Sunday, June 17, 2012


On 16 May 2012, the Independent Inquiry into Insecure Work in Australia, chaired by former Deputy Prime Minister Brian Howe AO, publicly released the report of its inquiry, titled 'Lives on Hold: Unlocking the Potential of Australia's Workforce' (online at   

This major report highlights how TAFE colleges are among the worst of all Australian employers as far as their exploitation of insecure casual and temporary contract workers is concerned (see pages 8, 17, 38, 58 and 64).

The Australian Education Union's February 2012 submission to this inquiry (online at highlighted that CIT is again one of the worst offenders in terms of its willingness to keep excessive proportions of its workforce insecurely employed, and effectively bullied out of more secure employment, in contravention of CIT's legal obligations under the employment laws that CIT is required to follow.  The following extracts from this AEU submission (see on pages 66 and 67) are especially telling:

"Canberra Institute of Technology

CIT is subject to the Public Sector Management Act and under the EA has the obligation
to promote secure, permanent employment for the majority of employees. Table 1 above
illustrates that this has not translated into action.

While the ACT government and CIT senior managers speak in favour of increased secure
employment the practical application of this policy fails at the manager level. The
primary considerations of Teacher-Managers includes the need for CIT to maintain
budget while offering flexibility in order to constantly adapt to changing student demand,
tendering successes and failures, ‘free market’ competitive pressures and the whims of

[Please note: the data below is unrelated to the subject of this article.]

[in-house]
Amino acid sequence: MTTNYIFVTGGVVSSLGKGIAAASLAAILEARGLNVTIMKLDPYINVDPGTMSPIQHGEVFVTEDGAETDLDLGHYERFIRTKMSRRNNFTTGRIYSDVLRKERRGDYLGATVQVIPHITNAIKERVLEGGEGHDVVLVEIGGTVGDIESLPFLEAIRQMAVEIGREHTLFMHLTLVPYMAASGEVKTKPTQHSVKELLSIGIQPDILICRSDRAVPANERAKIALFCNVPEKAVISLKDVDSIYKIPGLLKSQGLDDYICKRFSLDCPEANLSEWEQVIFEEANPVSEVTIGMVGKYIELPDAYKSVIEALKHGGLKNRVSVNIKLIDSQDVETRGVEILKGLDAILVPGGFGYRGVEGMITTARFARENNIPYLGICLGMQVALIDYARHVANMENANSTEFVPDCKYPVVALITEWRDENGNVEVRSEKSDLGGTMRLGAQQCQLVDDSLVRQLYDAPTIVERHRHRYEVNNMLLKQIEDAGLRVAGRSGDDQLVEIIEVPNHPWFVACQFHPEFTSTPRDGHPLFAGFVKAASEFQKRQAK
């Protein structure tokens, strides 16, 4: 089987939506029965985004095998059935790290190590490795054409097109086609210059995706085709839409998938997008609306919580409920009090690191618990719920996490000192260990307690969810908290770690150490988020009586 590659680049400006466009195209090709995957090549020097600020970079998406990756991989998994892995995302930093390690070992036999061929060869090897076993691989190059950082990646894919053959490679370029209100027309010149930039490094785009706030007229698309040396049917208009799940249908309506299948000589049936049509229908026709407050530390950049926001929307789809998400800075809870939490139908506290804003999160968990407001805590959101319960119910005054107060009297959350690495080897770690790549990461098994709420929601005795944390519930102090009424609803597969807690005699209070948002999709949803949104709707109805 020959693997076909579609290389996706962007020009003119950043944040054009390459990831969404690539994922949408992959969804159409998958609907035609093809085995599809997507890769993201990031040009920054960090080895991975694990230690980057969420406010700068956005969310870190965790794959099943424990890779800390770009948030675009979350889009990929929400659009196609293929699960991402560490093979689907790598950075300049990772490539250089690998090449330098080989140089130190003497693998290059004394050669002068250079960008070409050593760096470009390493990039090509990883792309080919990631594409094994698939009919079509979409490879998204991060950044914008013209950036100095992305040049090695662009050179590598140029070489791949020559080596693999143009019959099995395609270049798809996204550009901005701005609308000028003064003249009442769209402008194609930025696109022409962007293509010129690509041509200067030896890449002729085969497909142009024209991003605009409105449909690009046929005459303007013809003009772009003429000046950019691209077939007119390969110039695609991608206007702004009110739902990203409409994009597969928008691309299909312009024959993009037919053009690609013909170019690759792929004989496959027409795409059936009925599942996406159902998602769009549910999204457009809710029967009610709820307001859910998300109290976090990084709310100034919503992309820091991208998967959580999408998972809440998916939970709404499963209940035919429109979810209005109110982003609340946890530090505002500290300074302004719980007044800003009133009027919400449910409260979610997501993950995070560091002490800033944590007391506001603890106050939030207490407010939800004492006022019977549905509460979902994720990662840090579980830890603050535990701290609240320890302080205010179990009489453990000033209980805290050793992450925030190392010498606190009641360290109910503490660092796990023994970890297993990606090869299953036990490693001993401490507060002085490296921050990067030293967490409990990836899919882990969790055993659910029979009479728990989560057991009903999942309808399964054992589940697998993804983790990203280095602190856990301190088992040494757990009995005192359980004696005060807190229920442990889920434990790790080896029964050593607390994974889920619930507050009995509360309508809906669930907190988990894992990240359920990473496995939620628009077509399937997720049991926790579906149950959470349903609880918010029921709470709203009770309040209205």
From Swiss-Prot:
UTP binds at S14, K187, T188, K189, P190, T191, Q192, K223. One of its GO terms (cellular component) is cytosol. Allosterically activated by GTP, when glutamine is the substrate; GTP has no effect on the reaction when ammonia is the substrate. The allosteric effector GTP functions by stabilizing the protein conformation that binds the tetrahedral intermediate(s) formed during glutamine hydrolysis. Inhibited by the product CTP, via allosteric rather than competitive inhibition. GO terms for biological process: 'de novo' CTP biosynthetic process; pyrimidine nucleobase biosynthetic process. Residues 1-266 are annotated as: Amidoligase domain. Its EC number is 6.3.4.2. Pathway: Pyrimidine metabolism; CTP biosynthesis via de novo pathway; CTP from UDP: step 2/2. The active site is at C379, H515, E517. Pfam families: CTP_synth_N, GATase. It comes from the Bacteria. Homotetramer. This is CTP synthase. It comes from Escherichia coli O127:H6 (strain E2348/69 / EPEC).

senior bureaucrats.

Teacher security is of lower priority for CIT in favour of a flexible casual workforce.
CIT considers it to be good management practice to accommodate the tight fiscal
environment to the detriment of secure, ongoing employment for teachers. Teachers
eligible for permanency are often told that they cannot be offered this due to ‘operational
requirements’, reflecting the inadequate funding regime across the CIT.

Secure employment in the CIT would be promoted by:

(a) Establishment of stable and appropriate funding of the Institute from both Territory
and Commonwealth government sources. This will remove the pressure from
management to increase the casual employment of staff.
(b) The Union standing firm on CIT’s definition of ‘operational requirements’ and the
next EA negotiations.
(c) Eradication of any bullying and harassment at CIT which renders casuals and
temporary teachers unnecessarily vulnerable to the whims of their managers.
(d) Establishment and maintenance of clearly defined casual and temporary teacher roles
and responsibilities across the CIT and an effective policing of these roles.
(e) Preventing the outsourcing, at a cheaper cost, of current teaching work done within
the CIT to other providers (e.g. CIT Solutions)."

I would like to open discussion about  the plight of being casual especially at CIT.
More to come.

No comments:

Post a Comment